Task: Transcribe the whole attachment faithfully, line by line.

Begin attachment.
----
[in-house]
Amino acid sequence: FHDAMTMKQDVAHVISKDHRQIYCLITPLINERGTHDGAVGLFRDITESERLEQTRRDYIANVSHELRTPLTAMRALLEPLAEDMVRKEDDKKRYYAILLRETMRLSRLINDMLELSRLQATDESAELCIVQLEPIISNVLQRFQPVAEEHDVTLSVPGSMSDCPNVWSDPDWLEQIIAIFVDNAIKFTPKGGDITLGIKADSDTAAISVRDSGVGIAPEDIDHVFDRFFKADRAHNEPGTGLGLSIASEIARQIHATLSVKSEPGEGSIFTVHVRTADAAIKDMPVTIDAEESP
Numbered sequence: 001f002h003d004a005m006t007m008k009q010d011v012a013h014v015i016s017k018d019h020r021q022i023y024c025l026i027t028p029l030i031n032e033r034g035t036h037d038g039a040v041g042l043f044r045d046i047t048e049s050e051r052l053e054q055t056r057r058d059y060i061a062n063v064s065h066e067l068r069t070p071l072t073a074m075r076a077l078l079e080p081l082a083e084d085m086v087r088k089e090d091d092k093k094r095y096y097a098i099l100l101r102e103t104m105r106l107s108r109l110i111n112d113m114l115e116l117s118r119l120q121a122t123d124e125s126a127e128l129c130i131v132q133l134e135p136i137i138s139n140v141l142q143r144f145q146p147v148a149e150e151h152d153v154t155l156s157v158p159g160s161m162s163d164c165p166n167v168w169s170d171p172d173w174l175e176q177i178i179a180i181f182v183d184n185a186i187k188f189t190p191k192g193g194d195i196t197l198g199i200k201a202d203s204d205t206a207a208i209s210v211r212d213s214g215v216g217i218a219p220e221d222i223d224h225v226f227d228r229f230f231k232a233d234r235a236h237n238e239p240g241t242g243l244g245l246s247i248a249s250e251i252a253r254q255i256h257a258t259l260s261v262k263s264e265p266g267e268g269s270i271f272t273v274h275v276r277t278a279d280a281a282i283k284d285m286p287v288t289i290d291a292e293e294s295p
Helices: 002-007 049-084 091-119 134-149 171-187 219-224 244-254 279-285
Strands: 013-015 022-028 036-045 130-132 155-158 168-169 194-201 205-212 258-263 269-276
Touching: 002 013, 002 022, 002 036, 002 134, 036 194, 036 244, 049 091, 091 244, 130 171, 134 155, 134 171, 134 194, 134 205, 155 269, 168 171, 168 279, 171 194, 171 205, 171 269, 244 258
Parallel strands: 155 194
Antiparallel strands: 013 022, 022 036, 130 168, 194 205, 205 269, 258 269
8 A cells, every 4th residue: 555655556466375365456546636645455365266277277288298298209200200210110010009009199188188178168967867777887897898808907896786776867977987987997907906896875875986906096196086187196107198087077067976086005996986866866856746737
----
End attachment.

[in-house]
Amino acid sequence: FHDAMTMKQDVAHVISKDHRQIYCLITPLINERGTHDGAVGLFRDITESERLEQTRRDYIANVSHELRTPLTAMRALLEPLAEDMVRKEDDKKRYYAILLRETMRLSRLINDMLELSRLQATDESAELCIVQLEPIISNVLQRFQPVAEEHDVTLSVPGSMSDCPNVWSDPDWLEQIIAIFVDNAIKFTPKGGDITLGIKADSDTAAISVRDSGVGIAPEDIDHVFDRFFKADRAHNEPGTGLGLSIASEIARQIHATLSVKSEPGEGSIFTVHVRTADAAIKDMPVTIDAEESP
Numbered sequence: 001f002h003d004a005m006t007m008k009q010d011v012a013h014v015i016s017k018d019h020r021q022i023y024c025l026i027t028p029l030i031n032e033r034g035t036h037d038g039a040v041g042l043f044r045d046i047t048e049s050e051r052l053e054q055t056r057r058d059y060i061a062n063v064s065h066e067l068r069t070p071l072t073a074m075r076a077l078l079e080p081l082a083e084d085m086v087r088k089e090d091d092k093k094r095y096y097a098i099l100l101r102e103t104m105r106l107s108r109l110i111n112d113m114l115e116l117s118r119l120q121a122t123d124e125s126a127e128l129c130i131v132q133l134e135p136i137i138s139n140v141l142q143r144f145q146p147v148a149e150e151h152d153v154t155l156s157v158p159g160s161m162s163d164c165p166n167v168w169s170d171p172d173w174l175e176q177i178i179a180i181f182v183d184n185a186i187k188f189t190p191k192g193g194d195i196t197l198g199i200k201a202d203s204d205t206a207a208i209s210v211r212d213s214g215v216g217i218a219p220e221d222i223d224h225v226f227d228r229f230f231k232a233d234r235a236h237n238e239p240g241t242g243l244g245l246s247i248a249s250e251i252a253r254q255i256h257a258t259l260s261v262k263s264e265p266g267e268g269s270i271f272t273v274h275v276r277t278a279d280a281a282i283k284d285m286p287v288t289i290d291a292e293e294s295p
Helices: 002-007 049-084 091-119 134-149 171-187 219-224 244-254 279-285
Strands: 013-015 022-028 036-045 130-132 155-158 168-169 194-201 205-212 258-263 269-276
Touching: 002 013, 002 022, 002 036, 002 134, 036 194, 036 244, 049 091, 091 244, 130 171, 134 155, 134 171, 134 194, 134 205, 155 269, 168 171, 168 279, 171 194, 171 205, 171 269, 244 258
Parallel strands: 155 194
Antiparallel strands: 013 022, 022 036, 130 168, 194 205, 205 269, 258 269
8 A cells, every 4th residue: 555655556466375365456546636645455365266277277288298298209200200210110010009009199188188178168967867777887897898808907896786776867977987987997907906896875875986906096196086187196107198087077067976086005996986866866856746737